During the House Subcommittee on Digital Assets, Financial Technology, and Inclusion hearing held on Nov. 15, Alison Jimenez, an economist and president of Dynamic Securities Analytics, Inc., provided insights into the context of crypto crime, breaking down illicit activities in the realm of digital assets.
John Reed Stark, a former Chief at the SEC Office of Internet Enforcement, suggests this is a breath of fresh air, as unlike other witnesses in the hearing, Jimenez was not bought or paid for by crypto firms.
In the hearing, Jimenez shares that analysts will often contend that the transparency inherent in blockchain technology renders cryptocurrency less conducive to illicit financial activities.
Applying a similar line of reasoning, Jimenez shares that various features of traditional financial instruments could be viewed in a similar light. For instance, the bulk and weight of physical currency, the potential reversibility of wire transfers, dollar limits on Zelle transactions, the fixed physical location of real estate, and the personal information printed on checks all present limitations.
Her conclusion is that no single factor serves as an absolute deterrent, and bad actors persist in exploiting various financial products for illicit purposes.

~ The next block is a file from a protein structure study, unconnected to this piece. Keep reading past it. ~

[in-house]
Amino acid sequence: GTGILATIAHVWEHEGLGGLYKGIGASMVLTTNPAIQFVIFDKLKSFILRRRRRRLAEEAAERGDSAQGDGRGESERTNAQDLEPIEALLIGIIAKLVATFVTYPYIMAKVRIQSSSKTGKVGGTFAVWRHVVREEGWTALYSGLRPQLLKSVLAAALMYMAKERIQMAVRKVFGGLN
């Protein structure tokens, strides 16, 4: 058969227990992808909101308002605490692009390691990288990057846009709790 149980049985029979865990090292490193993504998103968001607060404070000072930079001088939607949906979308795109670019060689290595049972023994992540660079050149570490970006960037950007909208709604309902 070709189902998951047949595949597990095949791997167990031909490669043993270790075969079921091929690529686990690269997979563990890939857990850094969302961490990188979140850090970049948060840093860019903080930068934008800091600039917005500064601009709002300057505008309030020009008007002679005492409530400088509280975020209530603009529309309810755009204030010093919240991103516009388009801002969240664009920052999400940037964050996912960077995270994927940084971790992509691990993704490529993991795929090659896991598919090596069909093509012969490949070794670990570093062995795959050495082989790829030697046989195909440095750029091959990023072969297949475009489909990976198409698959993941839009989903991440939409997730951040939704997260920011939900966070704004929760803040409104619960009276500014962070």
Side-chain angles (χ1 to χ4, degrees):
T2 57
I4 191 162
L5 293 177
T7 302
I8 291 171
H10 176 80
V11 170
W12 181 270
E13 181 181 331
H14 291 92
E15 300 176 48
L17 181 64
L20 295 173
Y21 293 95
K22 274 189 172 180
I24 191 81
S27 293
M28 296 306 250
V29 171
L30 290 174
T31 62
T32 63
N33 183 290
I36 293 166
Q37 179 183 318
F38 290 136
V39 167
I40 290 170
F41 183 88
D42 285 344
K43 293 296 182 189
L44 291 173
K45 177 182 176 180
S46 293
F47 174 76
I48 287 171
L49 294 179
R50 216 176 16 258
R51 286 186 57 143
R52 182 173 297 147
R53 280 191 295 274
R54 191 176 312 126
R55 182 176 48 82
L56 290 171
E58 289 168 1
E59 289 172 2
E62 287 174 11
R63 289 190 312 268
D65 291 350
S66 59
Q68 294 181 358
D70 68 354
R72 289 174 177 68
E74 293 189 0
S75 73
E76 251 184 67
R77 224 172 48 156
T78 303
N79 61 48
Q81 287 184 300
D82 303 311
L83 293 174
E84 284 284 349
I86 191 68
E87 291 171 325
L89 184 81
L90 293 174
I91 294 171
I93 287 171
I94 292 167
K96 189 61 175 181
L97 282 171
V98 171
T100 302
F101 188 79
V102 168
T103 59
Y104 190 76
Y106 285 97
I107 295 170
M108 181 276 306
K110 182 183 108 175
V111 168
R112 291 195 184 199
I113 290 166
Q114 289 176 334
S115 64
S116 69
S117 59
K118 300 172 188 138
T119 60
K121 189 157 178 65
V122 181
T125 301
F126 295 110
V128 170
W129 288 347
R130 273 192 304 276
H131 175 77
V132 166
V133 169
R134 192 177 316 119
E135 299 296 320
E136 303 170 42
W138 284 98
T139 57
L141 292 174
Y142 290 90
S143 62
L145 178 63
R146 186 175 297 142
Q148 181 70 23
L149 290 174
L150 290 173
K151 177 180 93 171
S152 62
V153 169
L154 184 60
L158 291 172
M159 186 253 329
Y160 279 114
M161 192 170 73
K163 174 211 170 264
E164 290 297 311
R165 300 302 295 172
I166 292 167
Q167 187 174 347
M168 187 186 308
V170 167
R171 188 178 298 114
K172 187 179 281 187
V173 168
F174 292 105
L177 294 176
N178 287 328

The President of Dynamic Securities Analytics goes on to share that in response to increasing scrutiny from blockchain analytics and tracing efforts; various malicious actors have adapted their cryptocurrency transaction methods to minimize exposure.
In her conclusion, Jimenez shares that it is crucial to recognize their limitations as they, at most, capture just a fraction of the entire picture and cannot offer a comprehensive analysis of cryptocurrency use in illicit finance.
This is underscored by the assertion that if tracking cryptocurrency were as straightforward as suggested, the numerous ransomware attackers, numbering in the tens of thousands, would be consistently apprehended.
This hearing is believed to be much needed by many regulators, as further evidenced by a Jan. 12 report by Chainalysis, which highlighted the prevalence of cryptocurrencies in various illicit activities.